Hey peeps! I’m sorry for slacking off in the blogosphere, but it’s only because I’ve been working hard for the last month or so to install moldings in the family room and front entrance. Holy moly is this task time-consuming.
There are SO many steps involved:
1 – Measure
2 – Cut moldings using a mitre saw (I got better at this over time, but getting the perfect fit is much easier than it looks). Geek alert: I bought a new mitre saw for this project and it’s pretty much my favorite tool now.
3 – Test fit. Repeat steps 1 and 2 until the fit is right
4 – Add glue to the back of the molding
5 – Affix the molding to the wall using nail gun (attached to a compressor) for added strength
6 – Repeat until all moldings are complete
7 – Add quarter round to all baseboards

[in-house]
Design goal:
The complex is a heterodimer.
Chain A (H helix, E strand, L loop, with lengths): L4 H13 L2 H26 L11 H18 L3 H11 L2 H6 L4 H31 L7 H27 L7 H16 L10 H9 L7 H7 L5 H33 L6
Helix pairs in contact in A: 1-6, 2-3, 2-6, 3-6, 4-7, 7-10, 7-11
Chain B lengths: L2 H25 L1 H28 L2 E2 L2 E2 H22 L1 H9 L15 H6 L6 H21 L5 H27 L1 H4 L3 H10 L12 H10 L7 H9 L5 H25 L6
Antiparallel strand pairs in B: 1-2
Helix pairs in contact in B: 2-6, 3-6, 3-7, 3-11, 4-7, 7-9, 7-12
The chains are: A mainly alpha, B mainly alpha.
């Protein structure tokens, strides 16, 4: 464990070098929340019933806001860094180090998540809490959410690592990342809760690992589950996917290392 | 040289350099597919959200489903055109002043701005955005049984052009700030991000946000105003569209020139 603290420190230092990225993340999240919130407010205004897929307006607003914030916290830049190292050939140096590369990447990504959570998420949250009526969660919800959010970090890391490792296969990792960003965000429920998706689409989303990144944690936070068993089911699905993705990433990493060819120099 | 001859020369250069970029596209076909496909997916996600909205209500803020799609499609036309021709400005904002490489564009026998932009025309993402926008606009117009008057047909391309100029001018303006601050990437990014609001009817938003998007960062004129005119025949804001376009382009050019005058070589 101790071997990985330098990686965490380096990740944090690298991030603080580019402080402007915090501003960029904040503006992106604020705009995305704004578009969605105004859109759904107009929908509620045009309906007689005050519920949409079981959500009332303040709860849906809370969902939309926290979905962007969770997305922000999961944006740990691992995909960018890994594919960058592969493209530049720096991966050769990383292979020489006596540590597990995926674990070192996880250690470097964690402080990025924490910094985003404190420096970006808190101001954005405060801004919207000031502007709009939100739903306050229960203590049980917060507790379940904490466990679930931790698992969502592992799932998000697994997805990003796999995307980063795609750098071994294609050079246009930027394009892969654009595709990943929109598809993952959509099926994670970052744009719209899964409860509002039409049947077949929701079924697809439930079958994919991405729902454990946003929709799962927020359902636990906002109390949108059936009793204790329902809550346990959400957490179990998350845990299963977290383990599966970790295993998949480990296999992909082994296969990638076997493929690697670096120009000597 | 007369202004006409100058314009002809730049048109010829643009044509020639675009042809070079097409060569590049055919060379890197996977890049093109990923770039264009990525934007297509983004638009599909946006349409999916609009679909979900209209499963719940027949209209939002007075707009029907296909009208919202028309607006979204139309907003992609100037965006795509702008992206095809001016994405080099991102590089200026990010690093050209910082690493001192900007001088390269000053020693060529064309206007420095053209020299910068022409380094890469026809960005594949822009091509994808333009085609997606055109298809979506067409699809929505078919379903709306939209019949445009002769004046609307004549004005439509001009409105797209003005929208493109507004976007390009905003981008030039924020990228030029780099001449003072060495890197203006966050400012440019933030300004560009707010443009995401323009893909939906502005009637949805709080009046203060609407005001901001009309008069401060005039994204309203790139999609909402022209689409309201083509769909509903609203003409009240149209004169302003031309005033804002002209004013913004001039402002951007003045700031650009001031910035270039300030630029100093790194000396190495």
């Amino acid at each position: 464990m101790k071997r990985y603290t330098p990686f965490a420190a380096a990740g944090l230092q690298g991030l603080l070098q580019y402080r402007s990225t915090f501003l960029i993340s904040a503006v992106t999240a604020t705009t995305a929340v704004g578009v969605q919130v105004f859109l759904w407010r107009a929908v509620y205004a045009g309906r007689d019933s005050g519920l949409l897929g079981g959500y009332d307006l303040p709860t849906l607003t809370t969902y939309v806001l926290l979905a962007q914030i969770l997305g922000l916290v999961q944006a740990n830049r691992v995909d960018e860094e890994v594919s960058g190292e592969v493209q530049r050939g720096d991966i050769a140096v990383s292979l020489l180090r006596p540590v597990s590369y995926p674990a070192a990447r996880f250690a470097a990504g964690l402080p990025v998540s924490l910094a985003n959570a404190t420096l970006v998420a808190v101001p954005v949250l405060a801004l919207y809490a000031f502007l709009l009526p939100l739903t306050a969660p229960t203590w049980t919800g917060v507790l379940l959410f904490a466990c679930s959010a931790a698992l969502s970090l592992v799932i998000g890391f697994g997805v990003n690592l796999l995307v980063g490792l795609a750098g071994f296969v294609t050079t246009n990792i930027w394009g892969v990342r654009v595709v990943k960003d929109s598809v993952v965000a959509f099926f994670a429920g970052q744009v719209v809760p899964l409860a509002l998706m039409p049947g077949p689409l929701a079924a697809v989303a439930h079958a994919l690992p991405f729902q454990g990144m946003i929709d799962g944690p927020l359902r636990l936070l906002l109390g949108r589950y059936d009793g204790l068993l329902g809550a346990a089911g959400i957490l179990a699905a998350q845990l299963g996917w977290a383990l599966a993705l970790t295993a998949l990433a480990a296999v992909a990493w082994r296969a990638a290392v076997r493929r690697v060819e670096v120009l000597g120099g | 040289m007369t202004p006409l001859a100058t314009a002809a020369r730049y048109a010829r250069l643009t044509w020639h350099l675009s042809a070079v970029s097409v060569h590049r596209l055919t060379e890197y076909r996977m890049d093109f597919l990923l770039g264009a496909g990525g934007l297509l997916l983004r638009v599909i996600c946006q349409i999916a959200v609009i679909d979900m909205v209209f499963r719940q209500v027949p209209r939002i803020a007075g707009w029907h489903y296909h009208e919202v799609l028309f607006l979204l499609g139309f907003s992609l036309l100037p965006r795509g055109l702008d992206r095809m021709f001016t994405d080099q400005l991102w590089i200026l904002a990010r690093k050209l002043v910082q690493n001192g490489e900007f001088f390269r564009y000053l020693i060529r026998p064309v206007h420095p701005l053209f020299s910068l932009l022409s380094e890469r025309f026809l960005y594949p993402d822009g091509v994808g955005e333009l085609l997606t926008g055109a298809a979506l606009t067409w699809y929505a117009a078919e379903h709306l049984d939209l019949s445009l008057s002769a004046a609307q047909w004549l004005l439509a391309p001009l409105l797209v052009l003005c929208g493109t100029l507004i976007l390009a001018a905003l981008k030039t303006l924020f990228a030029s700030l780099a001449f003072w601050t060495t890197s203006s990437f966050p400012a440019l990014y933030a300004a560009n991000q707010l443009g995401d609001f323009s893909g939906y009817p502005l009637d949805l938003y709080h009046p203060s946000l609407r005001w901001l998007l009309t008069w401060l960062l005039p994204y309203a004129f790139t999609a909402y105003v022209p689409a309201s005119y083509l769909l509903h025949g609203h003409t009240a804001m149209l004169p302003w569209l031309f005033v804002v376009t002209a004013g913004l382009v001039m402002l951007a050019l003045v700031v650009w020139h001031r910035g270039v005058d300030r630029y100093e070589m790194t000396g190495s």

8 – Use paintable silicone to fill any gaps, and polyfill to hide nail holes
9 – Paint 2 coats
I encountered a few problems along the way (often followed by screaming and wanting to throw, punch or break something), but I made it out alive and I’m pretty happy with how everything turned out. I now find myself inspecting other people’s moldings everywhere I go to determine how my work measures up, and it turns out I didn’t do such an awful job after all.
I managed to take some pics along the way. Have a look!
The biggest challenge was the rounded staircase. How do you curve MDF moldings, you ask? I had to bring in an expert on this one. Adam, love of my life is a genius and shaped perfectly curved baseboards by wetting the MDF and adding weights on either end. We then put the curved moldings against the staircase and used more weights to keep the molding in place and let it dry. The quarter round was trickier because the one we had just wasn’t curving enough, so we ended up splurging and buying some flexible quarter round online (made of rubber, I think), and that worked like a charm.
While I was painted the moldings, I noticed that the risers of our staircase were in dire need of a refresh.
After a couple coats of paint, looks like new!